Wits has students from different backgrounds – but most of them come from suburbs and townships as opposed to those living in rural areas and farms. However, 70% of the students who come from some of these well-to-do backgrounds are still in need of financial assistance – which slightly impacts their access to food. While 30% come from underdeveloped backgrounds. Under-privileged students are evidently fewer; however, they make up for most of the food insecure population at the institution.
The role of student financial aid
Most students at Wits rely on bursaries, with NSFAS currently aiding 9 950 students according to the SRC treasurer general, Kabelo Phungwayo.
Phungwayo said that “2200 NSFAS beneficiaries did not receive their allowances in August 2023.” However, some students admitted to facing this dilemma since the introduction of Tenet, three months ago. Tenet is a direct payment method into students’ accounts, established to make receiving funds easier as opposed to waiting for the university to send the allowance.
However, the method has received much backlash than praise from students who took to social media to complain about it. In response to the outrage, Phungwayo said the SRC is working on giving out food parcels and toiletries for those in need.
Second year Bachelor of Education student, Nozipho Khumalo recently dropped out because of the inconsistency of the national aid. She explained that for three months, she did not receive her allowance from NSFAS: “I’ve had to eat once a day [and lived] without toiletries. I do not eat on weekends since we don’t get food [from the WCCO] on those days.” She further said she will probably continue with her studies next year “if the situation gets better.”
Another Wits student, Zeldah Merria said that the allowances are not enough because on average, a student receives R1 650, this is after the allocation went up by R150 in 2022. However, a study conducted by Wits (in consideration of essentials such as bread, potatoes, eggs, etc.) it indicated that monthly groceries/meals for one person cost approximately R2000 to R4000. The study was done when the rand was between R14 to R16 against the dollar-it is currently pivoting around the R19 mark, which means the money needed for meals is much higher now.
Attempts at curbing hunger?
The university has six dining halls, 41 food retailers, and the WCCO across its campuses as a way of ensuring that students have adequate access to food, however- the WCCO is the only place where students don’t have to pay for meals.
Eateries such as Olives and Plate, Zesti Lemonz, Vida Café are incredibly expensive and attract students who can afford them, while dining halls cater to students who pay in advance for their meals.
The WCCO consists of the Masidleni daily meal project (which serves lunch), the Wits Food Bank (which distributes meal packs on 3 weekdays between 3 and 4pm) the meals can be taken home, and the food gardens, which has student volunteers who grow vegetables for those in need and for the food bank.
The food bank also relies on donations and therefore risks running out food -which happened in 2016 when former SRC member Thami Pooe encouraged students to find alternative sources of food while the bank waited on donations. In response to this, Singh told Wits Vuvuzela that there is always an anxiety of not having enough food because the demand is high, and they depend on the generosity of others.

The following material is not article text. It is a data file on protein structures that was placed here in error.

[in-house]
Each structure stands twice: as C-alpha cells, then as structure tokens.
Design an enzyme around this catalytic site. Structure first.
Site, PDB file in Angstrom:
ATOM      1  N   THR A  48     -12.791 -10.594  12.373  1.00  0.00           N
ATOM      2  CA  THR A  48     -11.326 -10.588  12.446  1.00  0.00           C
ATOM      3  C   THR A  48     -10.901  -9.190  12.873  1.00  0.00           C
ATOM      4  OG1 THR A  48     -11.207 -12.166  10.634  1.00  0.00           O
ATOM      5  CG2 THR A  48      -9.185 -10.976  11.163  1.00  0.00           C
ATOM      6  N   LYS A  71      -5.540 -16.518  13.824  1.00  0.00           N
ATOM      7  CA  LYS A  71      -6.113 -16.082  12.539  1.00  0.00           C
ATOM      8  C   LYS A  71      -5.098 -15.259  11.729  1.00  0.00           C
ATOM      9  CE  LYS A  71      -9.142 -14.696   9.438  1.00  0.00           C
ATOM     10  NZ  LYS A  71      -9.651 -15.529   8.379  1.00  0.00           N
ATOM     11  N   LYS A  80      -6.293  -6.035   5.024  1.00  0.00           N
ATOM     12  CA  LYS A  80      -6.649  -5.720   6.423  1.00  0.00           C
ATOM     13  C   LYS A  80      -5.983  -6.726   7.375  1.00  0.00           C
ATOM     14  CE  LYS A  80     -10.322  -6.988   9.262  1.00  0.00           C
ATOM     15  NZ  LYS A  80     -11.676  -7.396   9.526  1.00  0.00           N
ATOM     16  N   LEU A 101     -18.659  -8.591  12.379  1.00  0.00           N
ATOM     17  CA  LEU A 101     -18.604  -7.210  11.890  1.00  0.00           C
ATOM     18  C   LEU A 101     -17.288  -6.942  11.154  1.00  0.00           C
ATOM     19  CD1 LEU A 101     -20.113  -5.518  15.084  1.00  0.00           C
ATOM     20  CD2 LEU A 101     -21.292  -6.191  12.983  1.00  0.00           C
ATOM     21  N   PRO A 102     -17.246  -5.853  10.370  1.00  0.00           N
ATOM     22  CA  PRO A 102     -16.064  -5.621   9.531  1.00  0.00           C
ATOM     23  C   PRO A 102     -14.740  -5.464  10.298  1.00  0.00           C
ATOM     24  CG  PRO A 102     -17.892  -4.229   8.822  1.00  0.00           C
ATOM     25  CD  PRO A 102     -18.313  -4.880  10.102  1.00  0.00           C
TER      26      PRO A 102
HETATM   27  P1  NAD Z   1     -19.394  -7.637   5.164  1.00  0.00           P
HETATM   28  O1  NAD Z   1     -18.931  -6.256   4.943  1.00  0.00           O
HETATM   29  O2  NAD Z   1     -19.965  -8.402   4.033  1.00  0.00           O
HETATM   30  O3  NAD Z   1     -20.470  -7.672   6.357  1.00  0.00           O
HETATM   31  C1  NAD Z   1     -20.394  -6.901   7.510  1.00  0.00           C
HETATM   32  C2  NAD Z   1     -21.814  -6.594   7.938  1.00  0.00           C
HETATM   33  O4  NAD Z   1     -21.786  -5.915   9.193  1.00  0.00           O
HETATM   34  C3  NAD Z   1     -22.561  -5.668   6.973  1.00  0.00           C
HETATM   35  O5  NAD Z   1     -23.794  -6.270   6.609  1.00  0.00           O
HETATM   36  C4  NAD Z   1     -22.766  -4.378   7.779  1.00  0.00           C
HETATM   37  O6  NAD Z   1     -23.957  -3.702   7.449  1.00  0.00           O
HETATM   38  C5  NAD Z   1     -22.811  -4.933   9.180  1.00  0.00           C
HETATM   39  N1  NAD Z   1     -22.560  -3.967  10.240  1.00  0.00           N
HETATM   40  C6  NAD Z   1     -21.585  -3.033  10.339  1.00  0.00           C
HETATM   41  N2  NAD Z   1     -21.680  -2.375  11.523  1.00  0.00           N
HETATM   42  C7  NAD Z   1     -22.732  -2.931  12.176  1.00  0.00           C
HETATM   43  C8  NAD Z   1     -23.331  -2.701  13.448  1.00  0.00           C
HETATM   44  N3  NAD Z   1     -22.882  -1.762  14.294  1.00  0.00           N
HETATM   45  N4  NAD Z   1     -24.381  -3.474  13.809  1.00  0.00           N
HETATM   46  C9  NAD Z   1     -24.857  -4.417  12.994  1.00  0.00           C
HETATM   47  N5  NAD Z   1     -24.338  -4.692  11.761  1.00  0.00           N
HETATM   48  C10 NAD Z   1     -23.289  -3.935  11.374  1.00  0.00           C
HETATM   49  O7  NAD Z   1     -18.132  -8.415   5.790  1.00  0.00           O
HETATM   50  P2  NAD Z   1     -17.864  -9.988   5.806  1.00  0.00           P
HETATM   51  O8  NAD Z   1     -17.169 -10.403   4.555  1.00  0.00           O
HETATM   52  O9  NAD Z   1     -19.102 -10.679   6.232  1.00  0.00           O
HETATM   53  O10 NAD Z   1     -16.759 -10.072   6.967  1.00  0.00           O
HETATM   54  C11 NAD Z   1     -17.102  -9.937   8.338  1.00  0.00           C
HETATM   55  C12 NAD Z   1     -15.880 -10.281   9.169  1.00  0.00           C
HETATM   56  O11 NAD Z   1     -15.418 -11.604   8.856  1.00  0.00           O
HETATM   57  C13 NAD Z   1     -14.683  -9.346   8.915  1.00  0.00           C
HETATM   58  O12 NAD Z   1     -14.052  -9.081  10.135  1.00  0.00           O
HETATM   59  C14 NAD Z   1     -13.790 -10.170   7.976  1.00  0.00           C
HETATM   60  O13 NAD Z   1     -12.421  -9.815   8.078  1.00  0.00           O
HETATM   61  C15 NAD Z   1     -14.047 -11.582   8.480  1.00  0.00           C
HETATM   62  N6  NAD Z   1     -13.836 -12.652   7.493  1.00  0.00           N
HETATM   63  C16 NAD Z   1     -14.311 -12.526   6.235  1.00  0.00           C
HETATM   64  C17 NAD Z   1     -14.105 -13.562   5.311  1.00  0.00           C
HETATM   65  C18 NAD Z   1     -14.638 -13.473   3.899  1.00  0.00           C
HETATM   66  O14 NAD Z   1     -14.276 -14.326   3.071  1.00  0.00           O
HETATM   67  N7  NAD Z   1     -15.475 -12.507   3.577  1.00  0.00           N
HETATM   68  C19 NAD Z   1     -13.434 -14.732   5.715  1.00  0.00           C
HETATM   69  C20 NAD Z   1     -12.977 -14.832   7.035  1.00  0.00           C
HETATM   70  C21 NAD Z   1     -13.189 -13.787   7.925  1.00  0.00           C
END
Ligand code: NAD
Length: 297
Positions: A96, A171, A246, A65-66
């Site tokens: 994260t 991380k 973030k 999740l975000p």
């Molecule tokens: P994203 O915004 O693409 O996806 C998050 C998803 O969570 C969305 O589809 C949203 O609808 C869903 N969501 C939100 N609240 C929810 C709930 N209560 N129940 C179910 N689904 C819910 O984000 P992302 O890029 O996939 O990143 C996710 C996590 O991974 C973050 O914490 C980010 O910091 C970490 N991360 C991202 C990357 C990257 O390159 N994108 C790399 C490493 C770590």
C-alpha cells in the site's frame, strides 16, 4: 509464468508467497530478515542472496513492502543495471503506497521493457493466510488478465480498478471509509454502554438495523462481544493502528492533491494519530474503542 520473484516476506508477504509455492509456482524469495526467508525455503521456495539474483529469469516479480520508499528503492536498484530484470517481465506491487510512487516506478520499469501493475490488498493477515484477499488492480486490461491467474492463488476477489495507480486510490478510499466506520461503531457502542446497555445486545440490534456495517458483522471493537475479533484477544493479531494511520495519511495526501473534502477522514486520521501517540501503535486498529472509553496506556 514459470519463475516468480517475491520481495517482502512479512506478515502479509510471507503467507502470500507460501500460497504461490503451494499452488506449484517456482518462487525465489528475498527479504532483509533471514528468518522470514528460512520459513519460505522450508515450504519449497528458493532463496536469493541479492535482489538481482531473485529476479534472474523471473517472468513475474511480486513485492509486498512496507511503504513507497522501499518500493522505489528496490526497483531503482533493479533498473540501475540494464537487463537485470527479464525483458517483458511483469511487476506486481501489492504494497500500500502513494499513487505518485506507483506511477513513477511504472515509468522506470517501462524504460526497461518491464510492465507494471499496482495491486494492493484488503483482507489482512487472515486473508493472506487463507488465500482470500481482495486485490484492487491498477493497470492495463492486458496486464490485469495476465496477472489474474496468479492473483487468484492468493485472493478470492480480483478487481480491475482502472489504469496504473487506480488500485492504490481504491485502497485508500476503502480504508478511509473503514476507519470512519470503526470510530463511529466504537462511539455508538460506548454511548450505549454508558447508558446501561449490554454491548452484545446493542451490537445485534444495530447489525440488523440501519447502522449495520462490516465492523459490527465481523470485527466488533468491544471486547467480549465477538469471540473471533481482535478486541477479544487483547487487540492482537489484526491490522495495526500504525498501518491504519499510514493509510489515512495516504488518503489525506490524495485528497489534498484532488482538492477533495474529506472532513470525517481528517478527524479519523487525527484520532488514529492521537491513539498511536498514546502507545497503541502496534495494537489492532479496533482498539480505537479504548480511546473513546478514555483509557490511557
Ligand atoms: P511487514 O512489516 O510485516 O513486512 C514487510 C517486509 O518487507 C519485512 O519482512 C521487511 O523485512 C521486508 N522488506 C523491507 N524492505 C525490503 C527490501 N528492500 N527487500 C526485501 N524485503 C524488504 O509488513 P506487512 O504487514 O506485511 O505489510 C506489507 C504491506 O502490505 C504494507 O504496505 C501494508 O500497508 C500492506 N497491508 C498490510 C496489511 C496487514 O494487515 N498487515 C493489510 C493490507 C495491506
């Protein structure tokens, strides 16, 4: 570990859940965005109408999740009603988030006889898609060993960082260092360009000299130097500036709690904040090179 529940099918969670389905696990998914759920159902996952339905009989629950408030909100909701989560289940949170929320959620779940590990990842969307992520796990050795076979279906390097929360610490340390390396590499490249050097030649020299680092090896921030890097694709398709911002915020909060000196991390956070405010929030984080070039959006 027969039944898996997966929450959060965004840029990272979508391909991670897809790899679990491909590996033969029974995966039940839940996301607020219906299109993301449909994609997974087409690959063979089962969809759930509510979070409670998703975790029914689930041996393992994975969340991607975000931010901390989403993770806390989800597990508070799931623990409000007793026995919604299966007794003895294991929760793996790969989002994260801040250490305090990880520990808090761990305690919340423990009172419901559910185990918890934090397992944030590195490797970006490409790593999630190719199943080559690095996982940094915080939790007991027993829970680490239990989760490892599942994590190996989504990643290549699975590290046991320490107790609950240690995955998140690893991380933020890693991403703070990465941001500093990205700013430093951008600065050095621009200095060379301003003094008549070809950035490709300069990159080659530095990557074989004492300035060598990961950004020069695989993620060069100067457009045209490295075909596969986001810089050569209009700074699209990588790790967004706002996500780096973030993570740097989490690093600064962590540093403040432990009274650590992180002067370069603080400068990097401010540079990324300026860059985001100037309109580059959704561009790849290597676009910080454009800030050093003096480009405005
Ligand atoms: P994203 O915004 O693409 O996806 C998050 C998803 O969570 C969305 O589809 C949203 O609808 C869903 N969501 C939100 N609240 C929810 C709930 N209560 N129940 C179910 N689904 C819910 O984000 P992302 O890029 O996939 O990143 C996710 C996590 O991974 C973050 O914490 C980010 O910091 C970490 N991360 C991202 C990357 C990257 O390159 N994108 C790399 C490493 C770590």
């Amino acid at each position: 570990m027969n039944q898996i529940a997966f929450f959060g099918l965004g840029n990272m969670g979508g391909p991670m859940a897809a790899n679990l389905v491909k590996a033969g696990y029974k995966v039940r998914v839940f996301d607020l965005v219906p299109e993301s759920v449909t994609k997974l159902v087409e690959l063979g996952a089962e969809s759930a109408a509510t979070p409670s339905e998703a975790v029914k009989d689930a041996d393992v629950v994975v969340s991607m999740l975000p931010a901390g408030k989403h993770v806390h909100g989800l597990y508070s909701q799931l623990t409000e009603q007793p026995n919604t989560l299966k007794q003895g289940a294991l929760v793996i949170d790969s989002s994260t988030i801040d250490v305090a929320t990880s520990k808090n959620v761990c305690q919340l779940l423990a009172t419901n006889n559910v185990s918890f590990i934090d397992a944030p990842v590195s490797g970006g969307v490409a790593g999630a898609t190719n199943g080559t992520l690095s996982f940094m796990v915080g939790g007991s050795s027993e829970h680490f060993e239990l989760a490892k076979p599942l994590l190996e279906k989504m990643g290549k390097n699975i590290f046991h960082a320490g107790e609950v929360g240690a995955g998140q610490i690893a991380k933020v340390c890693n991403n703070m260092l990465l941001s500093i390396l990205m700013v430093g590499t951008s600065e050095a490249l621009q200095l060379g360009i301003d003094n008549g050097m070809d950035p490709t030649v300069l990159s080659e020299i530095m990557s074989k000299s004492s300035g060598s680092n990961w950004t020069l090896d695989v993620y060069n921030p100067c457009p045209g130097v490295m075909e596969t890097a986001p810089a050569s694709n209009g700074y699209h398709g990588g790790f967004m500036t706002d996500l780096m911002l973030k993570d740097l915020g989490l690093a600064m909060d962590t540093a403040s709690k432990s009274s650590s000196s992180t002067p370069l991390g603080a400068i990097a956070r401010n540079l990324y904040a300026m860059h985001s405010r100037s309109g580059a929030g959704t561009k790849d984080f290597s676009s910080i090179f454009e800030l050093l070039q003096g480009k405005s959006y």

Letsoalo has now started collecting her meals on Monday, September 4, at the dining hall after she managed to save up money. “I have been saving for quite some time from the money I made while sewing and altering clothes for students and from my teaching practical,” said Lestsoalo.
She explained that she noticed differences between the WCCO and dining halls. “I realized that you can never fear running out of food at the dining hall because they cater for everyone that paid.” She added that whilst one might feel “embarrassed and anxious” queuing for food at the WCCO, you feel proud collecting it from the dining hall, as it’s an “elite space.”
“Imagine if I lived like this all my academic years, I would do so well, having the WCCO was great, however the university needs to ensure that it’s dependable. I’m starting to enjoy varsity now knowing that someone is cooking for me,” she told Wits Vuvuzela. She added that the WCCO closes during recess “there’s no food and no lunch, what about the students who are still here and need it.”
Creating a food secure future
Although poverty largely contributes to food insecurity, climate change is contributing to the problem. To conscientize people about this, the WCCO held a workshop series from August 14 to September 6, 2023, focusing on climate justice and food sovereignty.
August 14 was an introductory seminar where Professor Vishwas Satgar spoke about the role of the WCCO and its partnership with organizations such as La via Campesina, The Climate Justice Charter Movement, South African Food Sovereignty Campaign and the Co-operative and Policy Alternative Centre.
Singh said the education program was aimed at teaching students about how weather patterns influence their access to food. “We’re hoping to get people to grow and control their own food, but also understand that the climate crisis doesn’t affect everyone equally, the poor will experience it at a larger scale.”
Students have been attending the program consistently, “I think what I took from this is that there’s nothing we can really do to prevent climate change because its already here, but we need to make sure that we don’t leave people behind when working towards food sovereignty,” said attendee, Leniese Kock who also volunteers at the community gardens.
Food insecurity is a crisis larger than expected at this institution, it is now a question of what can be done to ensure that students do not drop out because of hunger.
FEATURED IMAGE: A graphic showing a frustrated Wits University student that has to choose between eating or studying. Visualization: Sfundo Parakozov